Bluebird jet boat floats again, 51 years after fatal crash

Hydroplane Pilot Ted Walsh, left, Gina Campbell the daughter of pilot Donald Campbell and engineer Bill Smith pose for a photo with the restored Bluebird K7 before it takes to the water for the first time in more than 50 years off the Isle of Bute on the west coast of Scotland, Saturday Aug. 4, 2018. The famed jet boat Bluebird has returned to the water for the first time since a 1967 crash that killed pilot Donald Campbell during a world speed-record attempt. Watched by Campbell's daughter Gina Campbell, the restored Bluebird was lowered Saturday into Loch Fad on Scotland's Isle of Bute, where it will undergo low-speed tests.(David Cheskin/PA via AP)
The restored Bluebird K7, which crashed killing pilot Donald Campbell in 1967, takes to the water for the first time in more than 50 years off the Isle of Bute on the west coast of Scotland, Saturday Aug. 4, 2018. The famed jet boat Bluebird has returned to the water for the first time since a 1967 crash that killed pilot Donald Campbell during a world speed-record attempt. Watched by Campbell's daughter Gina Campbell, the restored Bluebird was lowered Saturday into Loch Fad on Scotland's Isle of Bute, where it will undergo low-speed tests.(David Cheskin/PA via AP)

LONDON — The famed jet boat Bluebird returned to the water Saturday for the first time since a 1967 crash that killed pilot Donald Campbell during a world speed-record attempt.

Watched by well-wishers including Campbell's daughter Gina Campbell, the sleek blue hydroplane was lowered into Loch Fad on Scotland's Isle of Bute, where it will undergo low-speed tests.

Campbell had already set eight land and water speed records when he attempted to break his own 276.3 mph (445 kph) water-speed record on Jan. 4, 1967 on Coniston Water in northwest England's Lake District.

The jet-powered Bluebird roared past 300 mph (482 kph) before it vaulted into the air, flipped and crashed into the lake, breaking in two and killing the 45-year-old Campbell.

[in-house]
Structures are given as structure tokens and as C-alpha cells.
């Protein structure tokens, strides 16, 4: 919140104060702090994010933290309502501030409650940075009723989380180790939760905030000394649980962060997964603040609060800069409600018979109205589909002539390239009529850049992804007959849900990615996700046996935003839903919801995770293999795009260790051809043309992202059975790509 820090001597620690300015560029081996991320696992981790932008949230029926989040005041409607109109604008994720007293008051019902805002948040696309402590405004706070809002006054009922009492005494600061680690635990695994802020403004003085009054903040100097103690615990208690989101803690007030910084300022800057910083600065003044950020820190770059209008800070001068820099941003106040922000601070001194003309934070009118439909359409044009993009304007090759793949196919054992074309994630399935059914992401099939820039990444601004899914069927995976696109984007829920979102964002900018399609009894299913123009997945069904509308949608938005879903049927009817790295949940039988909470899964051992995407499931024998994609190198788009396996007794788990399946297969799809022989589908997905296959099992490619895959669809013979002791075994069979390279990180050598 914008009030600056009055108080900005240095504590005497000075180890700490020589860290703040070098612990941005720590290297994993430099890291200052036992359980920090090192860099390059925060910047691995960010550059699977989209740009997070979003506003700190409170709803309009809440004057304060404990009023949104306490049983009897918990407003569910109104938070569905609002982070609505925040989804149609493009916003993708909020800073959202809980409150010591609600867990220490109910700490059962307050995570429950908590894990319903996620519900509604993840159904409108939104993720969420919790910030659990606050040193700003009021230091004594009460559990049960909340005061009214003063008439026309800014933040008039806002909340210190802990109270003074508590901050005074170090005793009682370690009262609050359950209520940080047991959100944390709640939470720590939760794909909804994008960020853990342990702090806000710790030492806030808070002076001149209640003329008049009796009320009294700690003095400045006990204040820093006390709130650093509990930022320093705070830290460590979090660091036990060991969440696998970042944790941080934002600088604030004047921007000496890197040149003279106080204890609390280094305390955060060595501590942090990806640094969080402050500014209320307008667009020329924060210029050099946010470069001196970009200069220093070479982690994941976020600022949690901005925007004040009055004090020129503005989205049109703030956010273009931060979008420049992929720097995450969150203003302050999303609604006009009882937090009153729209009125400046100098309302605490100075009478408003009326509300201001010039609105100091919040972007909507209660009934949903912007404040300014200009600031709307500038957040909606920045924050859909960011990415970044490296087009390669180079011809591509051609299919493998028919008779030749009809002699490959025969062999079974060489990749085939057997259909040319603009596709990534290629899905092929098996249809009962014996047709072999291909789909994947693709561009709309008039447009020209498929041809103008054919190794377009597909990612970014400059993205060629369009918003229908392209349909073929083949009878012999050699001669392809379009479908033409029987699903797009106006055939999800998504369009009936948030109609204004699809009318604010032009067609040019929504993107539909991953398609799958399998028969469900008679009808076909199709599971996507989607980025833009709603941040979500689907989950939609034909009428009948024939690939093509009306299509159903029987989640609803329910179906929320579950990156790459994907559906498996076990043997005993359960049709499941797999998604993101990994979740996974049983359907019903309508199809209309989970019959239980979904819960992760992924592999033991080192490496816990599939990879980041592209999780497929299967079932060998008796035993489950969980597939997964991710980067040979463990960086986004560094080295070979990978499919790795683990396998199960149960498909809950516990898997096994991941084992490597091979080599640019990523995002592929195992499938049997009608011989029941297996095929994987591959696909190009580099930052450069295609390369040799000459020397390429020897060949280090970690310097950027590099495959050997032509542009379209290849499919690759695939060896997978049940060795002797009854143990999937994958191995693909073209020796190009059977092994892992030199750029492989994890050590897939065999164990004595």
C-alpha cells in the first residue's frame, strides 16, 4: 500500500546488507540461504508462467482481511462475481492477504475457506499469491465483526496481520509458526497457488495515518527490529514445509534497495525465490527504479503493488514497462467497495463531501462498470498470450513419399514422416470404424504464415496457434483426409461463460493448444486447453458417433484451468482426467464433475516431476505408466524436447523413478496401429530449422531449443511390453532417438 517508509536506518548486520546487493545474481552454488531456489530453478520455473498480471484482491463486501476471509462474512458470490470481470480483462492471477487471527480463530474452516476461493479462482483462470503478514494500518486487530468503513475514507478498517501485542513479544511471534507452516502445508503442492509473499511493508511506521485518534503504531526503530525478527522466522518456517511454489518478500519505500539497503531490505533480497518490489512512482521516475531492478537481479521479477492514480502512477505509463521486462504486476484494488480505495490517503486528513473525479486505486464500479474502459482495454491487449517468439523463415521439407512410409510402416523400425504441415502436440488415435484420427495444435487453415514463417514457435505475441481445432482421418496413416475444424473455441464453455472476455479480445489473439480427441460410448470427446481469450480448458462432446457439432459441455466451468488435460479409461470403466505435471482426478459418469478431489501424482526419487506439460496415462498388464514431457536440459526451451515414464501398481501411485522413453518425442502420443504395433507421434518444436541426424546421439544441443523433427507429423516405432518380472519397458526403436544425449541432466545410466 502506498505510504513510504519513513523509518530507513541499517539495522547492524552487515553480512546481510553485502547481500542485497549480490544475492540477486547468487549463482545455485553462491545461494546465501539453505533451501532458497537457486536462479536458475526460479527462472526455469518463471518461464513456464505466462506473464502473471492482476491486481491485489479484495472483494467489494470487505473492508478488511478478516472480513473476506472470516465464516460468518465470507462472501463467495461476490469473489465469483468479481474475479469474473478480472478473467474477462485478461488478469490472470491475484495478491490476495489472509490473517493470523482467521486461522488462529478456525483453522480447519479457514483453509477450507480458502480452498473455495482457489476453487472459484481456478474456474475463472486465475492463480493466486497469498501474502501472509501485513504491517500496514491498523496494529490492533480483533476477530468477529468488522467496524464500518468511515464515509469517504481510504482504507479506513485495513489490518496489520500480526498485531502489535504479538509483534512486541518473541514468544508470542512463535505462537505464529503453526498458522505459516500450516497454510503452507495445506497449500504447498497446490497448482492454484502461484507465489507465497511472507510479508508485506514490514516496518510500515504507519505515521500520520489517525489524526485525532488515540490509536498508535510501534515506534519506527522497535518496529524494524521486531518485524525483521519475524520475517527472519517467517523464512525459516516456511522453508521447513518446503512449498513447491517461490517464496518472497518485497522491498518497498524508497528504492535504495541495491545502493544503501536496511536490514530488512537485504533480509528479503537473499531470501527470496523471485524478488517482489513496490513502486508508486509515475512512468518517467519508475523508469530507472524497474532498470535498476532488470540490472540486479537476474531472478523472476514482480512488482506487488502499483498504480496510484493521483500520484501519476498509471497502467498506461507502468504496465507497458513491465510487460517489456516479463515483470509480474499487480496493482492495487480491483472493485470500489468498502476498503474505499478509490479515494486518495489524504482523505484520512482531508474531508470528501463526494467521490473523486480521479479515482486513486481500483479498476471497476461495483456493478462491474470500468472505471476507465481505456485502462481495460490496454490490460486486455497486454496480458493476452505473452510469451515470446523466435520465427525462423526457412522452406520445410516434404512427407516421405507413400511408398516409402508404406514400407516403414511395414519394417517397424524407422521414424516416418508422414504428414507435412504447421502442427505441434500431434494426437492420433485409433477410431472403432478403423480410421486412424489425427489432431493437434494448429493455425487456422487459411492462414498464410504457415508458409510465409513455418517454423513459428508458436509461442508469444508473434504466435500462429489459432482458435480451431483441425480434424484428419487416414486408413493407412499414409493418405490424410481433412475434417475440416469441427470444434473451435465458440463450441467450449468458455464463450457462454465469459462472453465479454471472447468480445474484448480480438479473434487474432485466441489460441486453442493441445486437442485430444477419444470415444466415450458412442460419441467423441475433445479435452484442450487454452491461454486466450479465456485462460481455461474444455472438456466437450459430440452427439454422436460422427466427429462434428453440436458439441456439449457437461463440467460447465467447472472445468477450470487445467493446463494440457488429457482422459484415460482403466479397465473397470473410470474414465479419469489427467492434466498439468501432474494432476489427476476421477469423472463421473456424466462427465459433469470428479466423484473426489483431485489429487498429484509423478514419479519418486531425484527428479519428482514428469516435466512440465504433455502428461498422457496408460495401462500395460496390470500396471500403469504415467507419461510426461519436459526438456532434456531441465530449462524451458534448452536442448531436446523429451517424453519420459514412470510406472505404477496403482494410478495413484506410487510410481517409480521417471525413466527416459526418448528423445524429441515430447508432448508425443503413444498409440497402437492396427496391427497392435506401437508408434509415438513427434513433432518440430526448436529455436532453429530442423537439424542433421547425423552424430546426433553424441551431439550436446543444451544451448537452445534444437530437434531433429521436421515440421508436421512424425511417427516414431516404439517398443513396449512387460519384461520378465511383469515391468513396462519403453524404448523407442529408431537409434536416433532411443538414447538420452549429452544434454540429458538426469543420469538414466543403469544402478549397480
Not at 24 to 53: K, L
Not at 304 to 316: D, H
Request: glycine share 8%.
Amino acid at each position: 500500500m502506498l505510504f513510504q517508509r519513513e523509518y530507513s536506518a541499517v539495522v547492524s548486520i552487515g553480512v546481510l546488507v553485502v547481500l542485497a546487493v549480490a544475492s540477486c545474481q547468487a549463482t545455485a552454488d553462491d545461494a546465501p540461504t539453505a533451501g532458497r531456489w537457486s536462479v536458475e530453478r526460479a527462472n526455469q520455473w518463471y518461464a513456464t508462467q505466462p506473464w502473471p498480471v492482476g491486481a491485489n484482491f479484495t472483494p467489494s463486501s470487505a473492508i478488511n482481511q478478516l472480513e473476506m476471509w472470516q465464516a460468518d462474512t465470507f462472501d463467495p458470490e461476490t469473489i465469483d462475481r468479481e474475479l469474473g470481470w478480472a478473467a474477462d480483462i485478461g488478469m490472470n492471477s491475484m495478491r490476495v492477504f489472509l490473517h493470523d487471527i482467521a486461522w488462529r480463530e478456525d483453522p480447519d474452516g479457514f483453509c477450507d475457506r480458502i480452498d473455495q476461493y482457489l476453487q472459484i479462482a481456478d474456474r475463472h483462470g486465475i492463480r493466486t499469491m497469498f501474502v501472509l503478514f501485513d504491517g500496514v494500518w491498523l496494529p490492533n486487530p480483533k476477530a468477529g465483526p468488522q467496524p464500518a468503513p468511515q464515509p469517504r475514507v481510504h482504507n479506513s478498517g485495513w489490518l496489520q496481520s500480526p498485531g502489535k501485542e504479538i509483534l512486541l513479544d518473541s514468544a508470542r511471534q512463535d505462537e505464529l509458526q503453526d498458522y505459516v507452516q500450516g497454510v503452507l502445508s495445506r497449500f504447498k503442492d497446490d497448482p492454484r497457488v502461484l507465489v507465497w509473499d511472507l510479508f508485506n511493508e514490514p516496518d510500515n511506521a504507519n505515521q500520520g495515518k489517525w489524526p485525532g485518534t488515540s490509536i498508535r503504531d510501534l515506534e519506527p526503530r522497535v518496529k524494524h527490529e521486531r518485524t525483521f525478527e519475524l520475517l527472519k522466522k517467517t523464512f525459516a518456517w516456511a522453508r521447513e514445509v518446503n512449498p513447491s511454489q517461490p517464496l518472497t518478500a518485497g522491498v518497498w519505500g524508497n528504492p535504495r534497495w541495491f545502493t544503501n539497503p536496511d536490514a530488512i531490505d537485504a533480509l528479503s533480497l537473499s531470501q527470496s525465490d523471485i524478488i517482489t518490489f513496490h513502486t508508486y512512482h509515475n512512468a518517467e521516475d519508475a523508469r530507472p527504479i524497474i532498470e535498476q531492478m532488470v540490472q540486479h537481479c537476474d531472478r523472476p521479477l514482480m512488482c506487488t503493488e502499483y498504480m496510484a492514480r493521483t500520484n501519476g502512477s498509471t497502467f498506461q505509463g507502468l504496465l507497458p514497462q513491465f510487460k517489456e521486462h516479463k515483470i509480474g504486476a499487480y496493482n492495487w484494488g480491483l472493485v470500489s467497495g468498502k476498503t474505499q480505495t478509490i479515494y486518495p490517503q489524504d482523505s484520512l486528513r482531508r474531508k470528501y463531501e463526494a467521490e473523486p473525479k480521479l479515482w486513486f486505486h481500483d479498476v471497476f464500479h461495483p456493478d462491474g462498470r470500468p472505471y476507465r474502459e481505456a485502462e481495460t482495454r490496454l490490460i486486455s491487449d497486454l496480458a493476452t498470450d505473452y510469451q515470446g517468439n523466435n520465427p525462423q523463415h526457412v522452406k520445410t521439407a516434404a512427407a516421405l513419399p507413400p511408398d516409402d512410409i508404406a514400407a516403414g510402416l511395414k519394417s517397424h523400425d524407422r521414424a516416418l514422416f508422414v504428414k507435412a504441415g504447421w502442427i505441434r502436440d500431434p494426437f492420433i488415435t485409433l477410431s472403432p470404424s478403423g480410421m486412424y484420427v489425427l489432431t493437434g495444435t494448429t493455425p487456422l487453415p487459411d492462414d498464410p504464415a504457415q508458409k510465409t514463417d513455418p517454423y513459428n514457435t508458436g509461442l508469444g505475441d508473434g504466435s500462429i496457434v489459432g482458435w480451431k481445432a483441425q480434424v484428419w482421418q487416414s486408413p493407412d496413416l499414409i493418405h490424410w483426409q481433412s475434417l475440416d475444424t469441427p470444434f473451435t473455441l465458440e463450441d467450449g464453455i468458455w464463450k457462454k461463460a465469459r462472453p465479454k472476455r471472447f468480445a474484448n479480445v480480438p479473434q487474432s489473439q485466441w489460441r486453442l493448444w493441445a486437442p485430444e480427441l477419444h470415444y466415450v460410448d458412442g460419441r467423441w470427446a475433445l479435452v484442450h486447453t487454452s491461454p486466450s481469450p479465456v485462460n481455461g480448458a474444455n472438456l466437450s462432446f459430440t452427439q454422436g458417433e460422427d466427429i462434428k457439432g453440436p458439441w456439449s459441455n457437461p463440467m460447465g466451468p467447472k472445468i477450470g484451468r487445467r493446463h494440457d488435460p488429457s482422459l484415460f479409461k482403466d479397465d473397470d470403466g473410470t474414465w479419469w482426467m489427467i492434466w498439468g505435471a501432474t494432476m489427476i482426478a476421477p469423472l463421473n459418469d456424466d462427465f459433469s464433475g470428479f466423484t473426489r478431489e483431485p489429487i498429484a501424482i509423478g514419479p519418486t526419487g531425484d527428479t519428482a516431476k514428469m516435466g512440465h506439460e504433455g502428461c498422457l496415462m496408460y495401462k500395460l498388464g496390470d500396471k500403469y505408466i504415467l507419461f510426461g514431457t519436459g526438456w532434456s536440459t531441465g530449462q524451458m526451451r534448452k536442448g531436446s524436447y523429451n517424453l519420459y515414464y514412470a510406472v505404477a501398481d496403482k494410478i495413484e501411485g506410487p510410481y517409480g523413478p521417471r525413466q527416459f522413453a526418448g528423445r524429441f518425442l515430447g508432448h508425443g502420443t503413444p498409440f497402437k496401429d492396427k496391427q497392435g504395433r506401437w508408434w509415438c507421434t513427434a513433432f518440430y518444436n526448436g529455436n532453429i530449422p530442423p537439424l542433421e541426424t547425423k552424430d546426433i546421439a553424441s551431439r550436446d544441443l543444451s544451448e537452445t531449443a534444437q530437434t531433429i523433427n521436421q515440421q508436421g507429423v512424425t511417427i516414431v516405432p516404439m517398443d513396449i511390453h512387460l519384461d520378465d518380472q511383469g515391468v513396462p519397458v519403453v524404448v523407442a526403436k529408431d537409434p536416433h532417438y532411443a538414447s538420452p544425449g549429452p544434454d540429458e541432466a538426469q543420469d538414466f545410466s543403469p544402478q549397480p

It was 34 years before divers managed to raise the Bluebird's wreckage from the bottom of 150-foot (45-meter) deep lake in March 2001.

Human remains were found near the boat and confirmed by DNA testing as belonging to Campbell. In September 2001, his body was taken on a final boat trip around the lake where he died before being buried in a nearby churchyard.

A team has been working for 17 years to restore the vessel and hopes to return it to the Lake District next year.

The plans to rebuild the Bluebird faced some opposition, but gained support from Gina Campbell, who was 17 when her father died. On Saturday, she held her father's mascot — a stuffed bear named Mr. Whoppit that was recovered from Coniston Water after the crash.

She said she was "overwhelmed" by the occasion.

"I hope my dad's looking down from above and telling everybody what a good job was done," she told the BBC.

You may also interested in

Apple boss Tim Cook optimistic about UK's future...

Feb 9, 2017

Apple CEO Tim Cook says the company the technology giant is committed to Britain's future outside...

Yahoo issues another warning in fallout from...

Feb 15, 2017

Yahoo is warning users of potentially malicious activity on their accounts between 2015 and 2016

Global stocks weighed down by crude oil slump

Mar 9, 2017

World stock markets fell Thursday after news of a big buildup in U.S. oil stockpiles depressed...

French shares outperform as polls show narrow...

Apr 20, 2017

France's main stock market outperformed its counterparts in Europe on Thursday as traders priced in...

Log in, look out: Cyber chaos may grow at...

May 15, 2017

Employees booting up computers at work Monday could see red as they discover they're victims of a...

Sign up now!

About Us

Future Science Today reports on captivating developments in science, medicine, technology, and the world around us.

Contact us: sales[at]futuresciencetoday.com